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Math Help - Arclength Integration Help

  1. #1
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    Arclength Integration Help

    Hey,

    Ok I've been having a bit of trouble on a homework question and I was just wondering if I am even going about this the right way.

    QUESTION:

    Find the Arclength of y = 1/x from x=1 to x=2.

    So I got the following integral:

    I = \int^2_1 \sqrt{1 + \big(\tfrac{-1}{x^2}\big)^2}dx

    Then I did:

    \tan\theta = \frac{1}{x^2} \implies \sec^2\theta d\theta = \frac{-2}{x^3} dx

    So I get:

    I = \int^{\arctan(\tfrac{1}{4})}_{\tfrac{\pi}{4}} \frac{\sec^3\theta \cdot x^3 \cdot d\theta}{-2} = -\tfrac{1}{2} \int^{\arctan(\tfrac{1}{4})}_{\tfrac{\pi}{4}} \frac{\sec^3\theta \cdot d\theta}{\tan\theta\sqrt{\tan\theta}}

    And after that I used integration by parts to get:

    I = -\bigg(\frac{\sqrt{\tan\theta}}{\sin\theta}\bigg|^{  \arctan(\tfrac{1}{4})}_{\tfrac{\pi}{4}} + \int^{\arctan(\tfrac{1}{4})}_{\tfrac{\pi}{4}} \frac{\csc\theta \cdot d\theta}{\sqrt{\tan\theta}}\bigg)

    And this is where I hit a wall. I don't know how to solve that last integral. And I might be going about this the entirely wrong way.

    Thanks,

    Trevor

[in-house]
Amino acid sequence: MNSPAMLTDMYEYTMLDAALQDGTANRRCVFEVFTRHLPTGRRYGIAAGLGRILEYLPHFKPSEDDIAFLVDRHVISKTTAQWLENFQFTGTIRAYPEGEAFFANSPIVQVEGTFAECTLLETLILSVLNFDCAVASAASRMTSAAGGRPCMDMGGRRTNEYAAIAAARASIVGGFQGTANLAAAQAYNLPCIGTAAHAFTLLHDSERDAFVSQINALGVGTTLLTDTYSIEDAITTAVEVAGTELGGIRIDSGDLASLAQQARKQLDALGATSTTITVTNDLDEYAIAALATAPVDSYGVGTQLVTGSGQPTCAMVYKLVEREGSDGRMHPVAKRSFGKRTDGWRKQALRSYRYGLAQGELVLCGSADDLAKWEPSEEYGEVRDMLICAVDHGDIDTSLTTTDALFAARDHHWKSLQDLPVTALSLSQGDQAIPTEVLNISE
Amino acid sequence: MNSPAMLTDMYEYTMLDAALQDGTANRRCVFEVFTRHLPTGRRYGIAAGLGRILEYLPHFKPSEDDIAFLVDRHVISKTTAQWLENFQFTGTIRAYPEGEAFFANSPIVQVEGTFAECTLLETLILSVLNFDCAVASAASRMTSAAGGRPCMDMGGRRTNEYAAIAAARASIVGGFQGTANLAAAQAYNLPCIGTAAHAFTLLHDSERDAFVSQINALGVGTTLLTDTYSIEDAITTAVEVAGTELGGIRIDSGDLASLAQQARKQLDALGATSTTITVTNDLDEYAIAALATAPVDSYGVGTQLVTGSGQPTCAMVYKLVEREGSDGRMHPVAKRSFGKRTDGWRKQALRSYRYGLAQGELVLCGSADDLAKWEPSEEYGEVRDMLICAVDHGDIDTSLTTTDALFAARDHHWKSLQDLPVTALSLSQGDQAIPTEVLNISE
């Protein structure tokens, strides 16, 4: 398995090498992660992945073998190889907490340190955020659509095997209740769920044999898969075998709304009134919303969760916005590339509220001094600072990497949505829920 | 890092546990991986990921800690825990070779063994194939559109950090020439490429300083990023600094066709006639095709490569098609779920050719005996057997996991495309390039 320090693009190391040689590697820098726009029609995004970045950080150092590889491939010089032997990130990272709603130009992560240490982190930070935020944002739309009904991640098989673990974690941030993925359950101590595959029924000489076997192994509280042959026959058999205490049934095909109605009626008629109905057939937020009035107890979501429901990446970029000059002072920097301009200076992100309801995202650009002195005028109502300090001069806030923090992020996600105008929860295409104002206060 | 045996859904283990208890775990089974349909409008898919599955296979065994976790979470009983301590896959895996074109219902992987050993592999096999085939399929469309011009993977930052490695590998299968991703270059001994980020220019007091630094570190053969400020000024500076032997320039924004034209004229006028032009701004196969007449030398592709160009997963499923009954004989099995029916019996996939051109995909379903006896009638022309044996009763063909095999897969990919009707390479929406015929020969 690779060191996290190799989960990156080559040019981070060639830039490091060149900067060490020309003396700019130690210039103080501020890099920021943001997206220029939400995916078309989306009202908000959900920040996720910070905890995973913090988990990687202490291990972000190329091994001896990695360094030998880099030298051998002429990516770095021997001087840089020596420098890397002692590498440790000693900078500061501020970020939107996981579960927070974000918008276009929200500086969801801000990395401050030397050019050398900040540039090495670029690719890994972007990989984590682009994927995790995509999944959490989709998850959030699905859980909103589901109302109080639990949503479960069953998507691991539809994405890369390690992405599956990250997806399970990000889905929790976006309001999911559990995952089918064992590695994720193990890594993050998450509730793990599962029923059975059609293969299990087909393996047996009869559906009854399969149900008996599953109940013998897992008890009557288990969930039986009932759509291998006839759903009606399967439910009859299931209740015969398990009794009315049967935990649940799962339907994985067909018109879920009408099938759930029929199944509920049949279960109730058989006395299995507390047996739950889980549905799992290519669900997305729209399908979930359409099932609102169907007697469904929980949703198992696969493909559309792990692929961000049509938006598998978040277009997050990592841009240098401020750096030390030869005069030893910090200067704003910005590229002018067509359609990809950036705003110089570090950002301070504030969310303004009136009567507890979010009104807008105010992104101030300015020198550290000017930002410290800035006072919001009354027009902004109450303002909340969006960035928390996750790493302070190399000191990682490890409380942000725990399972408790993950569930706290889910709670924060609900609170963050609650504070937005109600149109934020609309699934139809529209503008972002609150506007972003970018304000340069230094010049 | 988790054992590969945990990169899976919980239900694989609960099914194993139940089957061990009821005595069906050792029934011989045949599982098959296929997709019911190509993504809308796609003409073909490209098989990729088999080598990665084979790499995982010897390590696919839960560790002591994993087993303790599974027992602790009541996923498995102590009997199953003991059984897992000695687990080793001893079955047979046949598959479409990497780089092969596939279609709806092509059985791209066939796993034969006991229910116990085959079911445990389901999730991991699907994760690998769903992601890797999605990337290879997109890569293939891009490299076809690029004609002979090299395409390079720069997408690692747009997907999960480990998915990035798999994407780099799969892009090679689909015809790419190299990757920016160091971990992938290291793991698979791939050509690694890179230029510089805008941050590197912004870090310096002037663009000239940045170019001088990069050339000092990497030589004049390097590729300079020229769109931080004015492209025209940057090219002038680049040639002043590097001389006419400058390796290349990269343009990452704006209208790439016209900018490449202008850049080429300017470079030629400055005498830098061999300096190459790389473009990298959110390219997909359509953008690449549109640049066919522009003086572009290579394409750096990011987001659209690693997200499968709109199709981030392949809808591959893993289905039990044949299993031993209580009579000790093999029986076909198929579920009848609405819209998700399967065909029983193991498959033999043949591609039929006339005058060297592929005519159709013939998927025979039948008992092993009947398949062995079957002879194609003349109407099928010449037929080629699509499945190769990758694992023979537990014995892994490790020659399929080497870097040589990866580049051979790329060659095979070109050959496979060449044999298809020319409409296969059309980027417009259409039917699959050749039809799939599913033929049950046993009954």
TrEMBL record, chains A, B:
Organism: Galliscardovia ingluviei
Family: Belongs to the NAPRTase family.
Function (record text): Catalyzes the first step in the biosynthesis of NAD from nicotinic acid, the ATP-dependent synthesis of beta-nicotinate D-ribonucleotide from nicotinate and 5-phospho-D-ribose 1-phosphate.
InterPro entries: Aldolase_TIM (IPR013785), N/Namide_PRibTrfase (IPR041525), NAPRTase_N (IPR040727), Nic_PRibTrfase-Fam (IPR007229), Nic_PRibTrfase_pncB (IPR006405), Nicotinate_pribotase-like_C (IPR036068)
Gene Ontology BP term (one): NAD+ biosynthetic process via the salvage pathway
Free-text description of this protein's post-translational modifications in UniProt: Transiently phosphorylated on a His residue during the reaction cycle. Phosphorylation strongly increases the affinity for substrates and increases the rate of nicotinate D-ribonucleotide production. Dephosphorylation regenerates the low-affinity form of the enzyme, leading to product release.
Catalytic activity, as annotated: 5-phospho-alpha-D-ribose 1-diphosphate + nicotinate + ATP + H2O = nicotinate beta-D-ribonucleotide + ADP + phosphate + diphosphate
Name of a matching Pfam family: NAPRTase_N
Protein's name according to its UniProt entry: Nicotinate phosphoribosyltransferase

Last edited by TrevorP; January 27th 2008 at 03:11 PM.
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  2. #2
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    Krizalid's Avatar
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    When you make a substitution, we require to get the new integration limits.

    Since you made \tan \theta  = \frac{1}<br />
{{x^2 }} plug x=(1,2) to get integration limits for \theta.
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  3. #3
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    Yeah you're right, I do normally write that in on my papers I hand in. I'll add that to my post though.
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  4. #4
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    BUMP.

    Anyone got any ideas?
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  5. #5
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    Nevermind my prof just sent out a message saying that it should be y = ln(x). Which should make this question...well considerably easier.
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